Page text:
- The Washington Times
Thursday, January 10, 2019

The president of the Chamber of Commerce called on Congress and the White House on Thursday to resolve the government shutdown, saying the 20-day-old impasse threatens economic growth and delays solutions on immigration, infrastructure and trade.

“Governing by crisis is no way to do the nation’s business,” Chamber CEO Thomas Donohue said in his annual address on the state of American business. “Our leaders must responsibly fulfill their duties. Dysfunction saps confidence, threatens growth and consequently poses a threat to opportunity in this country.”

Mr. Donohue said the “rocky start” to the new year in Washington has raised questions among business leaders whether Congress and the administration can accomplish needed goals such as an infrastructure plan and a resolution to long-running immigration challenges. He said employers need more workers at every skill level.

Still, the Chamber is projecting economic growth of at least 2.6 percent this year.

Government shutdown talks broke down at the White House on Wednesday when House Speaker Nancy Pelosi again refused to consider President Trump’s demand for $5.7 billion to build a barrier on the southern border. No new negotiations are scheduled, and Mr. Trump is threatening to declare a national emergency so he can build a wall or fence without congressional approval.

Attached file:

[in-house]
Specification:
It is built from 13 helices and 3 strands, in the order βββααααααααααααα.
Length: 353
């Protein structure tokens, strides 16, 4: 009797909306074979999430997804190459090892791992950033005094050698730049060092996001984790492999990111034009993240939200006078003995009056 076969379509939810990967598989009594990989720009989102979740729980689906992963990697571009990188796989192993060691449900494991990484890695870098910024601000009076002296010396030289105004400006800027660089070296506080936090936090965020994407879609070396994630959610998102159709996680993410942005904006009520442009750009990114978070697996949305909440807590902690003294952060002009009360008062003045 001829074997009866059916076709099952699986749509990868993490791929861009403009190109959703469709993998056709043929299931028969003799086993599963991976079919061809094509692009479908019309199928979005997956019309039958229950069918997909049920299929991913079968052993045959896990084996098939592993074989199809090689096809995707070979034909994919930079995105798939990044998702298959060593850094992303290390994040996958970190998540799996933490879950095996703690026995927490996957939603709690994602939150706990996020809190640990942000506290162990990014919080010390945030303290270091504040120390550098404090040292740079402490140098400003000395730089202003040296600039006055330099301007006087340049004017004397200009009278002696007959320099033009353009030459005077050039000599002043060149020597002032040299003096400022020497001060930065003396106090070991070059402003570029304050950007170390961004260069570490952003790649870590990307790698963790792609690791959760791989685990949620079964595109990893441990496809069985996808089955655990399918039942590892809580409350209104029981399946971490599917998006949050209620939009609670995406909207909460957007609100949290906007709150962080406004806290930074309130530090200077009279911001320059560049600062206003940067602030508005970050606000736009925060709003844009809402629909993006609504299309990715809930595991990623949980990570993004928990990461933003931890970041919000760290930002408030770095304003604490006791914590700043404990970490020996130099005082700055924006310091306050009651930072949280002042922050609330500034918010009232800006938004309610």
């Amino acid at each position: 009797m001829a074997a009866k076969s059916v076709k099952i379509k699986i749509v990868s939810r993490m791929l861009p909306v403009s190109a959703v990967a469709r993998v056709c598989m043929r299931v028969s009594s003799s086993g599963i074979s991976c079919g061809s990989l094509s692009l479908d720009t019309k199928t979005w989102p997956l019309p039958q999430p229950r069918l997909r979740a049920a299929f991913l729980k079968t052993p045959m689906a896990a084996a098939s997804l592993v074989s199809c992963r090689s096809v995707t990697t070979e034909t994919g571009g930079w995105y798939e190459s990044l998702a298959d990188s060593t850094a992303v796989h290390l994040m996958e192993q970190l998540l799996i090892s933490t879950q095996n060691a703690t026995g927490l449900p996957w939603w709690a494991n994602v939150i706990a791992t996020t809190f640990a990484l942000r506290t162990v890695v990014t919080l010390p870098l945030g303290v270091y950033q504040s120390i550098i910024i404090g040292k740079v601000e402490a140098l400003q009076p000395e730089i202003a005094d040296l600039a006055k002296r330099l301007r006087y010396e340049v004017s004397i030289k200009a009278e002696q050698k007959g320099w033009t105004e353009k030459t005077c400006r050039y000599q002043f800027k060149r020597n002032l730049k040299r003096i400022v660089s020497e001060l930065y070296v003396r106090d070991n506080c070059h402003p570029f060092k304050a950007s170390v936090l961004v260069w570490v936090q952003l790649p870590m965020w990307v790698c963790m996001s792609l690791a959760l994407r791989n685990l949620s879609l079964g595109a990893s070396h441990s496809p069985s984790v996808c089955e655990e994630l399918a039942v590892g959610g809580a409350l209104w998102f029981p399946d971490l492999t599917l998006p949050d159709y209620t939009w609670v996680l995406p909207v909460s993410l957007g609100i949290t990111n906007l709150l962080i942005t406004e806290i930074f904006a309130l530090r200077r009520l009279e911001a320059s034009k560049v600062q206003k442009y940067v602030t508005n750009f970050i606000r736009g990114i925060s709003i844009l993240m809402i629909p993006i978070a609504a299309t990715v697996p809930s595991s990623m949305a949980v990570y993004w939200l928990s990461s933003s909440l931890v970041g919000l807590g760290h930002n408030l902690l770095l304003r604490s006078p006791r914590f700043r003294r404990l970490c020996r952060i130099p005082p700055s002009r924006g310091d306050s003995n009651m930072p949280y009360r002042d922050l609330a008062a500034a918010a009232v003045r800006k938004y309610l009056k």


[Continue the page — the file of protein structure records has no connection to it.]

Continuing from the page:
Mr. Donohue said policymakers should reach a deal that includes protection from deportation for “Dreamers” who came to the U.S. illegally as children and border security funding.

“We are calling on the president and the Congress to come together and support a reasonable solution: protection for the ‘Dreamers’ and long-term temporary protected status beneficiaries, and the resources necessary to secure the border,” he said. “The Chamber will continue to fight for these and other reforms.”

He praised the administration’s push for China to stop intellectual property theft and other unfair trade practices but criticized the tariffs Mr. Trump has imposed in his trade war with Beijing.

“Tariffs are taxes paid for by American families and American businesses — not foreigners,” Mr. Donohue said. “Instead of undermining our own economy, let’s work with our allies to apply pressure on China and use the tools provided by U.S. trade and international laws that we helped create. Limiting trade is self-defeating, leveraging trade is essential to success in a global economy and creating jobs.”

The U.S. and China concluded three days of talks in Beijing this week aimed at resolving the trade issues. Tariffs that were due to take effect Jan. 1 have been put on hold for 90 days while talks continue.

Mr. Donohue also announced that the Chamber is changing its congressional scorecard to take into account lawmakers’ efforts to reach bipartisan compromise, rather than simply tallying whether they vote for or against a Chamber-supported bill.

“Lawmakers should be rewarded for reaching across the aisle, not punished,” Mr. Donohue said.

The nonpartisan group Issue One called the move “a significant sign that change is coming to Washington.”

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